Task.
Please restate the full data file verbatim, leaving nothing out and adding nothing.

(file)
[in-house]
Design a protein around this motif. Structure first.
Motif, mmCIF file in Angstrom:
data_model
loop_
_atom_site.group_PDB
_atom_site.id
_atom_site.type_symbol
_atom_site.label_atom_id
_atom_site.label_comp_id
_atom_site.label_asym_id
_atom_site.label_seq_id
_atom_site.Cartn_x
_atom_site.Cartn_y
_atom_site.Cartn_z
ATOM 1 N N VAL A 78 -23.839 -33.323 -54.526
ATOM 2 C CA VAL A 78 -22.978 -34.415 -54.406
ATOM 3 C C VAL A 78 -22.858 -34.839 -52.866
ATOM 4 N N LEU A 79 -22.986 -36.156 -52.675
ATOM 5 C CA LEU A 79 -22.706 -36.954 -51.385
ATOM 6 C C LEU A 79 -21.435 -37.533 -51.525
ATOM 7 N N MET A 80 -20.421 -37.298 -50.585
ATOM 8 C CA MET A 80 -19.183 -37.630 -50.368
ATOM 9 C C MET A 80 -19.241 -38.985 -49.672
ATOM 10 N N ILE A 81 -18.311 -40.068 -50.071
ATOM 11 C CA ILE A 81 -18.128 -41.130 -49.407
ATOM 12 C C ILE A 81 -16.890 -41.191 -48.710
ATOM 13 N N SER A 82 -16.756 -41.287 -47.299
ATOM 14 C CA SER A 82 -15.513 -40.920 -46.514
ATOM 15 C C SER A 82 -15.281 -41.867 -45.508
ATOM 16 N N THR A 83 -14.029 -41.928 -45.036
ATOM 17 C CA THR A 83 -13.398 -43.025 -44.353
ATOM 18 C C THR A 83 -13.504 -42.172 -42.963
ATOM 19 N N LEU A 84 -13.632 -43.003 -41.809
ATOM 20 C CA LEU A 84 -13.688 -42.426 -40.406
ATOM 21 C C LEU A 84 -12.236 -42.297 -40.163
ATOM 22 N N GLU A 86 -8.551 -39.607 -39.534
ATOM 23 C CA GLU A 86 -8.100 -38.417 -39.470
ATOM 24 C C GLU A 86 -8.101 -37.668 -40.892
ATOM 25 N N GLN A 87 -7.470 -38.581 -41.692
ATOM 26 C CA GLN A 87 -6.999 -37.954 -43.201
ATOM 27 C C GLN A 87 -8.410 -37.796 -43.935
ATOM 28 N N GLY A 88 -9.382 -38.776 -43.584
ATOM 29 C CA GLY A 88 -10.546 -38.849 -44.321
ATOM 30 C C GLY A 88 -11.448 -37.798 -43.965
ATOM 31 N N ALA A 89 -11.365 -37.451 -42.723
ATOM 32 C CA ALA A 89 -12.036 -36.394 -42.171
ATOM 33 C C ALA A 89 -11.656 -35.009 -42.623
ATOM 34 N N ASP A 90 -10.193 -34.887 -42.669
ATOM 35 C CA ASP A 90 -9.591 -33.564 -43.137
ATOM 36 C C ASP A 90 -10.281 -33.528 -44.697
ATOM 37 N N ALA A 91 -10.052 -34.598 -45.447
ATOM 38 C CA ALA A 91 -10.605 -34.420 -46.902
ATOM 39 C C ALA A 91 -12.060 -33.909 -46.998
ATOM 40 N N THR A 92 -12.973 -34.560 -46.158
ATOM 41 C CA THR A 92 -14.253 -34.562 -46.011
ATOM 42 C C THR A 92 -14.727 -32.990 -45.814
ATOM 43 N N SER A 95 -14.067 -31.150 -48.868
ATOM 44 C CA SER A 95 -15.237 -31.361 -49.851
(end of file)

[in-house]
Design a protein around this motif. Structure first.
Motif, mmCIF file in Angstrom:
data_model
loop_
_atom_site.group_PDB
_atom_site.id
_atom_site.type_symbol
_atom_site.label_atom_id
_atom_site.label_comp_id
_atom_site.label_asym_id
_atom_site.label_seq_id
_atom_site.Cartn_x
_atom_site.Cartn_y
_atom_site.Cartn_z
ATOM 1 N N VAL A 78 -23.839 -33.323 -54.526
ATOM 2 C CA VAL A 78 -22.978 -34.415 -54.406
ATOM 3 C C VAL A 78 -22.858 -34.839 -52.866
ATOM 4 N N LEU A 79 -22.986 -36.156 -52.675
ATOM 5 C CA LEU A 79 -22.706 -36.954 -51.385
ATOM 6 C C LEU A 79 -21.435 -37.533 -51.525
ATOM 7 N N MET A 80 -20.421 -37.298 -50.585
ATOM 8 C CA MET A 80 -19.183 -37.630 -50.368
ATOM 9 C C MET A 80 -19.241 -38.985 -49.672
ATOM 10 N N ILE A 81 -18.311 -40.068 -50.071
ATOM 11 C CA ILE A 81 -18.128 -41.130 -49.407
ATOM 12 C C ILE A 81 -16.890 -41.191 -48.710
ATOM 13 N N SER A 82 -16.756 -41.287 -47.299
ATOM 14 C CA SER A 82 -15.513 -40.920 -46.514
ATOM 15 C C SER A 82 -15.281 -41.867 -45.508
ATOM 16 N N THR A 83 -14.029 -41.928 -45.036
ATOM 17 C CA THR A 83 -13.398 -43.025 -44.353
ATOM 18 C C THR A 83 -13.504 -42.172 -42.963
ATOM 19 N N LEU A 84 -13.632 -43.003 -41.809
ATOM 20 C CA LEU A 84 -13.688 -42.426 -40.406
ATOM 21 C C LEU A 84 -12.236 -42.297 -40.163
ATOM 22 N N GLU A 86 -8.551 -39.607 -39.534
ATOM 23 C CA GLU A 86 -8.100 -38.417 -39.470
ATOM 24 C C GLU A 86 -8.101 -37.668 -40.892
ATOM 25 N N GLN A 87 -7.470 -38.581 -41.692
ATOM 26 C CA GLN A 87 -6.999 -37.954 -43.201
ATOM 27 C C GLN A 87 -8.410 -37.796 -43.935
ATOM 28 N N GLY A 88 -9.382 -38.776 -43.584
ATOM 29 C CA GLY A 88 -10.546 -38.849 -44.321
ATOM 30 C C GLY A 88 -11.448 -37.798 -43.965
ATOM 31 N N ALA A 89 -11.365 -37.451 -42.723
ATOM 32 C CA ALA A 89 -12.036 -36.394 -42.171
ATOM 33 C C ALA A 89 -11.656 -35.009 -42.623
ATOM 34 N N ASP A 90 -10.193 -34.887 -42.669
ATOM 35 C CA ASP A 90 -9.591 -33.564 -43.137
ATOM 36 C C ASP A 90 -10.281 -33.528 -44.697
ATOM 37 N N ALA A 91 -10.052 -34.598 -45.447
ATOM 38 C CA ALA A 91 -10.605 -34.420 -46.902
ATOM 39 C C ALA A 91 -12.060 -33.909 -46.998
ATOM 40 N N THR A 92 -12.973 -34.560 -46.158
ATOM 41 C CA THR A 92 -14.253 -34.562 -46.011
ATOM 42 C C THR A 92 -14.727 -32.990 -45.814
ATOM 43 N N SER A 95 -14.067 -31.150 -48.868
ATOM 44 C CA SER A 95 -15.237 -31.361 -49.851